Women in Leadership Award Winner Among Forbes' Top 100 Women
Ernst & Young's Beth Brooke offers inspiration and tips for career success.
ANN ARBOR, Mich.—The 2006-07 Women in Leadership Award ceremony was held in the Michigan Union's stately Pendleton Room, which is lined with portraits of University of Michigan forefathers who seemed to smile on the proceedings honoring Beth Brooke, Ernst & Young’s first female vice chairperson.
Dean Robert J. Dolan of the Ross School of Business and representatives of the Michigan Business Women and Women's Initiative presented Brooke with a crystal vase commemorating the honor on March 6 before welcoming her to the podium to address the evenly split male and female audience.
As Global Vice Chair of Strategy and Regulatory Affairs for Ernst & Young, Brooke plays a leading role in setting the strategic direction of the organization around the world and in shaping its position on critical matters of public policy. She is most passionate about her role as an advocate for the accounting profession's public responsibility to financial markets around the world.
Recently listed No. 41 on Forbes magazine's "100 Most Powerful Women," her comments centered on career fulfillment and leadership, and included stories of her personal triumph over adversity.
Speak Up, Speak Out
At age 13, Brooke underwent surgery after being told she had a degenerative hip condition that would not allow her to walk again. After intervention by a caring family physician, a second surgery was done to repair an initial botched attempt, but doctors held out little hope for her future mobility.
"I remember thinking that I would show them all that I would not only walk again, but I would be the best athlete they'd ever seen,” said Brooke, who worked hard at rehabilitating herself and went on to play basketball for Purdue University.
"The lesson is, don't be afraid to ask 'Why not?' Don't be afraid of hard work and discipline. Another lesson is to speak up when you know that something is not right. If my family physician hadn't snuck into the hospital and looked at my x-rays, I wouldn't have had the second surgery and might not have walked again."
Find the Passion
She encouraged the students in the audience to find what they are passionate about---and connect with a firm or organization that meshes with their core values---in order to have a fulfilling career.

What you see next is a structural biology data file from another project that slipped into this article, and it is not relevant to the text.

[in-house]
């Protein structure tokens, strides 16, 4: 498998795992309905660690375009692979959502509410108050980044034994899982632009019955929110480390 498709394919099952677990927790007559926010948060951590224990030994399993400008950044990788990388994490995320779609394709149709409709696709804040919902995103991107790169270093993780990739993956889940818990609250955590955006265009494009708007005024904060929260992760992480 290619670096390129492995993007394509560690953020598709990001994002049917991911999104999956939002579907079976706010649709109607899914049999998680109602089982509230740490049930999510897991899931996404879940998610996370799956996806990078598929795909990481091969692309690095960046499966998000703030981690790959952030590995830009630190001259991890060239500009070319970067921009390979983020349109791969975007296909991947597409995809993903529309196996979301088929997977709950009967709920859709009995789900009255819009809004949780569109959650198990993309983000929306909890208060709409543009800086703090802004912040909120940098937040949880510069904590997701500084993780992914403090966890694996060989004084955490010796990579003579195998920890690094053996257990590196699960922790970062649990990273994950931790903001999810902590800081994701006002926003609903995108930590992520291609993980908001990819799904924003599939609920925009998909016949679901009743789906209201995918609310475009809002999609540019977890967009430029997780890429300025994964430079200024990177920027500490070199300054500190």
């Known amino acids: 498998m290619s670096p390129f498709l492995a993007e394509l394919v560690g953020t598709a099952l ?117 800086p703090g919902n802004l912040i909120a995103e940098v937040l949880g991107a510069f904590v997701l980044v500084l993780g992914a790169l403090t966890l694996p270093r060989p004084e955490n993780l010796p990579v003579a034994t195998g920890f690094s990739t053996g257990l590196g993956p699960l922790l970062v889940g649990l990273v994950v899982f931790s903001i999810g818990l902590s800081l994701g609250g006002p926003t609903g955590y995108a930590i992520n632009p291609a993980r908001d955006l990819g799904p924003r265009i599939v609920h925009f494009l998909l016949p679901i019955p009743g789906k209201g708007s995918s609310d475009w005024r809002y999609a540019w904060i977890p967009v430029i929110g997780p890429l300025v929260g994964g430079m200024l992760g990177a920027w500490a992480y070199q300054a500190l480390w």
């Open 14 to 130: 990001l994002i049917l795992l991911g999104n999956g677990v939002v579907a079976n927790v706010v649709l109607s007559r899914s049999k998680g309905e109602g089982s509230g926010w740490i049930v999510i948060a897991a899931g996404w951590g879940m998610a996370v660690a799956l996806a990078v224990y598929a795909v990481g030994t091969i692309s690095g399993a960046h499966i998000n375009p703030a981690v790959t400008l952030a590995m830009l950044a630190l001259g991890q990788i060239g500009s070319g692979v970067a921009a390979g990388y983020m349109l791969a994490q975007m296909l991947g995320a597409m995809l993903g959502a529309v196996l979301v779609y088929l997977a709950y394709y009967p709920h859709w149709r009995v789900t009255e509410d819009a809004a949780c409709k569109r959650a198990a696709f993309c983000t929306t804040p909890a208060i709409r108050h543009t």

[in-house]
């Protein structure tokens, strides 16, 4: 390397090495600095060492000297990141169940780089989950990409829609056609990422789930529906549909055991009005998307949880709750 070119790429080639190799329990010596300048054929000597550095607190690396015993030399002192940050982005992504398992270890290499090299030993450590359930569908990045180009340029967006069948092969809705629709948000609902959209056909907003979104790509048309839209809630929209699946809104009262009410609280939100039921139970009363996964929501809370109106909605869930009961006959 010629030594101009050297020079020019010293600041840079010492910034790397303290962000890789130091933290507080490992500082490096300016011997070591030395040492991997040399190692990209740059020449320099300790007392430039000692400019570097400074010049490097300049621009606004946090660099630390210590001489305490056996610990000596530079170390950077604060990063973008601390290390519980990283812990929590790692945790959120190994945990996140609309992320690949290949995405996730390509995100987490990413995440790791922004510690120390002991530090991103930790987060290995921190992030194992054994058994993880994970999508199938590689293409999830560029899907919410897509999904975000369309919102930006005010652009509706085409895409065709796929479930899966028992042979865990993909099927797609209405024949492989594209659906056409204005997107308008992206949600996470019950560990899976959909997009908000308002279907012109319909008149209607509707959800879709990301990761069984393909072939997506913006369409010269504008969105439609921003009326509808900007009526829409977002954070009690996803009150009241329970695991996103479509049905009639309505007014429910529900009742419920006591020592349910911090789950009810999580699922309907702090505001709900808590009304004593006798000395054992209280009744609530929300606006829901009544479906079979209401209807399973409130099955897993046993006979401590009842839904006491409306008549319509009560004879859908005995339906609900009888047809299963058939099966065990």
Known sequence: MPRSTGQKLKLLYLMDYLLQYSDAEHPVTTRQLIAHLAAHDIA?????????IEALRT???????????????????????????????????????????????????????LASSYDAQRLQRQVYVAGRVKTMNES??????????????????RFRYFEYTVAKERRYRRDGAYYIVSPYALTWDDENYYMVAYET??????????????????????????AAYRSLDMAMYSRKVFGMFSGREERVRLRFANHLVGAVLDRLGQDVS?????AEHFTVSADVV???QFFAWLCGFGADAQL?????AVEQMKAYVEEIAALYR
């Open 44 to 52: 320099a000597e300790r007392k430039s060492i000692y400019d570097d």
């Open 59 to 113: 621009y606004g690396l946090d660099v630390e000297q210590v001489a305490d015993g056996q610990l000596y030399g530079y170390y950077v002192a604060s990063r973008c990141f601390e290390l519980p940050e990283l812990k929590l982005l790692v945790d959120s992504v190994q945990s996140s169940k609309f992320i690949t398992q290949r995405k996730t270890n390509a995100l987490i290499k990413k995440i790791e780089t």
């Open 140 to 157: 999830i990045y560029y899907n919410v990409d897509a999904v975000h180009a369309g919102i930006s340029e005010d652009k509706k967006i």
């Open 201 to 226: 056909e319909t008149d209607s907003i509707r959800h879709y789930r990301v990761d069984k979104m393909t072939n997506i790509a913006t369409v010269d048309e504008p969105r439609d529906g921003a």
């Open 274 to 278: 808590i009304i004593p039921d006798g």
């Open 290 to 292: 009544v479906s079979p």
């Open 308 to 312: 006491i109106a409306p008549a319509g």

"I'm lucky to be able to do what I do for a living," Brooke said. "In fact, what I do outside my day job looks a lot like what I do at Ernst & Young. I try to bring attention to the benefits of public service."
Ernst & Young's policy is to encourage its best and brightest to take time away from the firm to work around the world in political arenas and service roles, she said.
"My worlds blend," she said. "I'm fortunate that I'm passionate about what I do for a living."
Maintain a Solid Reputation
Brooke stressed the importance of a good reputation in the business world.
"I work in a field that is all about reputation. Our integrity, our quality of work and the quality of the judgments we make all add up. Our reputation is based on the thousands of interactions we have every day with people," she said.
Though the accounting profession has come under fire in recent years, Brooke said that the scrutiny has served it well. She called it a "gut check" and said that it has ramped up daily efforts to instill a culture of integrity and quality in its people.
"A hot issue right now is U.S. competitiveness. The world is asking if we are losing our edge as China and India grow stronger. As a profession, we need to get the facts on the table," Brooke said. "We are at a point where America might not be the economic power of the world. This represents a significant transition that we might not be ready for."
Brooke's Five Tips for Career Success
1. Never forget that your integrity is the most important thing you have to offer.
2. Be passionate about what you are doing, and do it well. Take risks.
3. Follow your dreams and dream big. Don't fear course correction.
4. Never forget who you are. Be authentic. It's what makes you interesting.
5. Make a difference with your co-workers, clients, community and country.
Regarding the role of women in business, Brooke said, "Women in the corporate world are on a journey. Progress has been made but progress still needs to be made in order for women to continue to rise through the ranks in business."
The forefathers on the walls of the Pendleton Room seemed to nod in agreement.
A native of Kokomo, Ind., Brooke earned her bachelor's degree from Purdue University and holds CPA and FLMI distinctions. In addition to the Forbes 100, Accounting Today listed her among the Top 100 Most Influential People in Accounting. A former adviser to the Clinton Administration, she worked in the U.S. Department of Treasury on policy issues before serving as Ernst & Young's national director of Tax Advisory Services.
Based in Washington, D.C, Brooke is involved in many civic and business organizations and serves on the boards of TechnoServe, The White House Project, the Atlantic Council of the United States, the Partnership for Public Service, the Advisory Council for Open Compliance and Ethics Group and the National Women's Leadership Hall of Fame Advisory Council.
Written by Nancy Davis
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